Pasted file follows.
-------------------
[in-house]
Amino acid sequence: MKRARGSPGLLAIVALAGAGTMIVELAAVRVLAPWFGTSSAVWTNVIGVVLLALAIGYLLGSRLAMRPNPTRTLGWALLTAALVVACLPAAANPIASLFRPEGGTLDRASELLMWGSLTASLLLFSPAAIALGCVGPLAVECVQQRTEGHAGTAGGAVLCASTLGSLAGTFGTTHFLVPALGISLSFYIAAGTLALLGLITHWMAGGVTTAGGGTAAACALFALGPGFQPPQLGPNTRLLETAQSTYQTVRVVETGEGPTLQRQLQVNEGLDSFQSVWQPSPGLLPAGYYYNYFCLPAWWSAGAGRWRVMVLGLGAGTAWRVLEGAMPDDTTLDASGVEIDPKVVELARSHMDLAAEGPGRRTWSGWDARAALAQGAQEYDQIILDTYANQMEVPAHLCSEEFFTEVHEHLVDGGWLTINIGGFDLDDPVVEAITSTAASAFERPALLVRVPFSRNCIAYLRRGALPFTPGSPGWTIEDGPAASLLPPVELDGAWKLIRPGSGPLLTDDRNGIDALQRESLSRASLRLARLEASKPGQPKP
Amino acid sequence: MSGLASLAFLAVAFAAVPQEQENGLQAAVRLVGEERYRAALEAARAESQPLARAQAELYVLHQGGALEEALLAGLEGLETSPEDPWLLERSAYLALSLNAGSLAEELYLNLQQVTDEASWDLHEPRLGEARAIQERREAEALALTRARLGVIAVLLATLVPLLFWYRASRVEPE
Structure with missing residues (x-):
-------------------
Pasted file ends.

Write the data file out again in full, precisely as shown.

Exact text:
[in-house]
Amino acid sequence: MKRARGSPGLLAIVALAGAGTMIVELAAVRVLAPWFGTSSAVWTNVIGVVLLALAIGYLLGSRLAMRPNPTRTLGWALLTAALVVACLPAAANPIASLFRPEGGTLDRASELLMWGSLTASLLLFSPAAIALGCVGPLAVECVQQRTEGHAGTAGGAVLCASTLGSLAGTFGTTHFLVPALGISLSFYIAAGTLALLGLITHWMAGGVTTAGGGTAAACALFALGPGFQPPQLGPNTRLLETAQSTYQTVRVVETGEGPTLQRQLQVNEGLDSFQSVWQPSPGLLPAGYYYNYFCLPAWWSAGAGRWRVMVLGLGAGTAWRVLEGAMPDDTTLDASGVEIDPKVVELARSHMDLAAEGPGRRTWSGWDARAALAQGAQEYDQIILDTYANQMEVPAHLCSEEFFTEVHEHLVDGGWLTINIGGFDLDDPVVEAITSTAASAFERPALLVRVPFSRNCIAYLRRGALPFTPGSPGWTIEDGPAASLLPPVELDGAWKLIRPGSGPLLTDDRNGIDALQRESLSRASLRLARLEASKPGQPKP
Amino acid sequence: MSGLASLAFLAVAFAAVPQEQENGLQAAVRLVGEERYRAALEAARAESQPLARAQAELYVLHQGGALEEALLAGLEGLETSPEDPWLLERSAYLALSLNAGSLAEELYLNLQQVTDEASWDLHEPRLGEARAIQERREAEALALTRARLGVIAVLLATLVPLLFWYRASRVEPE
Structure with missing residues (x-):